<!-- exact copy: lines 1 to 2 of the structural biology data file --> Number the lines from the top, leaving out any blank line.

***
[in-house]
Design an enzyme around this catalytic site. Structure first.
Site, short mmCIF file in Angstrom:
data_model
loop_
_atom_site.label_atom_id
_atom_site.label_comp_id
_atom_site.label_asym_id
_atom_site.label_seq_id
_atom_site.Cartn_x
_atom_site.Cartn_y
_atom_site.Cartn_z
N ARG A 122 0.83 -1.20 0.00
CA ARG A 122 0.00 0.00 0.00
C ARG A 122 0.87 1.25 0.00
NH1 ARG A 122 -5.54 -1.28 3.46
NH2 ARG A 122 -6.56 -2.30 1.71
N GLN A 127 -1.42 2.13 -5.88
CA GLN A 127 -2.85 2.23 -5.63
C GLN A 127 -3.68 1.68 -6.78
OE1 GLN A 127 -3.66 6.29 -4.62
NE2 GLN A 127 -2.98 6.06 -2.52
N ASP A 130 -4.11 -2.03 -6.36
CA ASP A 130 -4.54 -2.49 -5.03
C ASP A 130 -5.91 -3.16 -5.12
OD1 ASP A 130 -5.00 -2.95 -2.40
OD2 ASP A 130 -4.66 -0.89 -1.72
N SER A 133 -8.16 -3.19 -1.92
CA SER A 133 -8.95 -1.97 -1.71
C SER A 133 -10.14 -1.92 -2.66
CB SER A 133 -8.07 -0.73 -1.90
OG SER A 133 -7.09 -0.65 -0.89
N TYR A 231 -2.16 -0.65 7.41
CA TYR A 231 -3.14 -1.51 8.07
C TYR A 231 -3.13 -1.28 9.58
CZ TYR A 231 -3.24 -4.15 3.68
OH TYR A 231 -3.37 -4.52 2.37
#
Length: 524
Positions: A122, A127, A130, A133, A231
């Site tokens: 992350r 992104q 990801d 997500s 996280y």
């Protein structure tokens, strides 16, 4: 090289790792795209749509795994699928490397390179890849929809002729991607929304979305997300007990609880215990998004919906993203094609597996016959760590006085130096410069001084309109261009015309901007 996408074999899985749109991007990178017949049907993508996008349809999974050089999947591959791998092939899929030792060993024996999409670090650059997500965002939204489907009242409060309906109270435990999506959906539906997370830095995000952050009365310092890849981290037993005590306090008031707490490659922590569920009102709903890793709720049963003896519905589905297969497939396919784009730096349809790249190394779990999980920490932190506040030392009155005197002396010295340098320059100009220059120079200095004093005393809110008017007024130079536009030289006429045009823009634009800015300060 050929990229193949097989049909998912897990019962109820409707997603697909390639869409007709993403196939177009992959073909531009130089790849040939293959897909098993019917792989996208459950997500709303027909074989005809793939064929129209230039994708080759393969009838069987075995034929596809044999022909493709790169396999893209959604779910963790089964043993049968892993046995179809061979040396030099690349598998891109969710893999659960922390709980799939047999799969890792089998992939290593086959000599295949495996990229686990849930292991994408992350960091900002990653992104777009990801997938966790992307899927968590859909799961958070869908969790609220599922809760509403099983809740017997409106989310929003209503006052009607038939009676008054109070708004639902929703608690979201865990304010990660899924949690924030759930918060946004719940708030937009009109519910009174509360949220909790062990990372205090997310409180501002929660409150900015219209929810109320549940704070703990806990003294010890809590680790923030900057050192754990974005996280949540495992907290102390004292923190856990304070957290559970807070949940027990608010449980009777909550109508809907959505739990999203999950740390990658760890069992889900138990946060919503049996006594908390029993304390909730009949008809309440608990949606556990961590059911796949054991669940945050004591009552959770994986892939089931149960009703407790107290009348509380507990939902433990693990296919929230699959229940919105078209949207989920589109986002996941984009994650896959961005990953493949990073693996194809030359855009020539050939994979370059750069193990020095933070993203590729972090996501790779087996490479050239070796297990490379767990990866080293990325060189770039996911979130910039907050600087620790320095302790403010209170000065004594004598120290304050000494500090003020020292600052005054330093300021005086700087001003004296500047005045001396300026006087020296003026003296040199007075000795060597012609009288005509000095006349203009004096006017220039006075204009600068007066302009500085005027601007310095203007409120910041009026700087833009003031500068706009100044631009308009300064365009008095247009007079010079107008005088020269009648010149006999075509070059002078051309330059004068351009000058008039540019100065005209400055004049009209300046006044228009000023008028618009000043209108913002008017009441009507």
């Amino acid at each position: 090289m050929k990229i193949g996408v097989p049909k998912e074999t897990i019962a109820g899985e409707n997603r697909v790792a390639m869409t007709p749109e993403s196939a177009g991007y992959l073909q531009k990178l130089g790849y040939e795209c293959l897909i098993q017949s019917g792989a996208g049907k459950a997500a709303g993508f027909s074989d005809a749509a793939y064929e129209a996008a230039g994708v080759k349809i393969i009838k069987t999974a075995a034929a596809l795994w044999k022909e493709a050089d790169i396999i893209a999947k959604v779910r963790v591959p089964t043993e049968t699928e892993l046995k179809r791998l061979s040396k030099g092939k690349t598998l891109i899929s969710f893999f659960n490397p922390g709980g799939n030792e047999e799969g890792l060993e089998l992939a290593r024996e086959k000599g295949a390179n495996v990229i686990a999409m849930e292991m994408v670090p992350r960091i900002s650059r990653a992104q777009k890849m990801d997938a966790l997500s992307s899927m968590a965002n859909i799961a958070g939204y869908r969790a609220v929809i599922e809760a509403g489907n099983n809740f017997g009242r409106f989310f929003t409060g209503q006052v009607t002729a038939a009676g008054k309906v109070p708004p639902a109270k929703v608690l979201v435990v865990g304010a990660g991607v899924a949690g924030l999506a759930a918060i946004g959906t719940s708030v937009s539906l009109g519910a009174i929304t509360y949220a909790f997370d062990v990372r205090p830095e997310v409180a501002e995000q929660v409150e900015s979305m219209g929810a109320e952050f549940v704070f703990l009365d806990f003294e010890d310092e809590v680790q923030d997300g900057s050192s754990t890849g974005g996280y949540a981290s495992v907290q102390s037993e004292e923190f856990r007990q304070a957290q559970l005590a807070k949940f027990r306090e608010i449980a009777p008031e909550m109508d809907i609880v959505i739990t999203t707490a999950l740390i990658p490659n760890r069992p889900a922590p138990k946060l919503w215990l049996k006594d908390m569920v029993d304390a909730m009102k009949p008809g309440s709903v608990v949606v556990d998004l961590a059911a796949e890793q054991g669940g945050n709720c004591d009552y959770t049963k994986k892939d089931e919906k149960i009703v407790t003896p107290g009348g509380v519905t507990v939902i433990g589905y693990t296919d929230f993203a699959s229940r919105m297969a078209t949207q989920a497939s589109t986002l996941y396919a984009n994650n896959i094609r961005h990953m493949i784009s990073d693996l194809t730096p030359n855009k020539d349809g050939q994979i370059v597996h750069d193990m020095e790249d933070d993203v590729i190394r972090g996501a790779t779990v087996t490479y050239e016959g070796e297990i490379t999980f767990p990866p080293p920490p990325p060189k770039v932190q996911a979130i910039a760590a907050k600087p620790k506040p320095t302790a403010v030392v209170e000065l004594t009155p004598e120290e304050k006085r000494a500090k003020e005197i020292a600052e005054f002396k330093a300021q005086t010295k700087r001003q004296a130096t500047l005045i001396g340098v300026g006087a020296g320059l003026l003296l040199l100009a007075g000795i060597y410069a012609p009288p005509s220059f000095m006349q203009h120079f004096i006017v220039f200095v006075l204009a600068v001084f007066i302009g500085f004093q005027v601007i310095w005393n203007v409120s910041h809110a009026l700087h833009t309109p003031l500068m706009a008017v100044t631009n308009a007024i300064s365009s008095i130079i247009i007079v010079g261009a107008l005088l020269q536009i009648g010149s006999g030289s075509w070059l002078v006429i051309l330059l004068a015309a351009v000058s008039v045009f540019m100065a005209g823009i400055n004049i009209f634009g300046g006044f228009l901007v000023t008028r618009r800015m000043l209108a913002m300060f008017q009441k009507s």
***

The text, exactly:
[in-house]
Design an enzyme around this catalytic site. Structure first.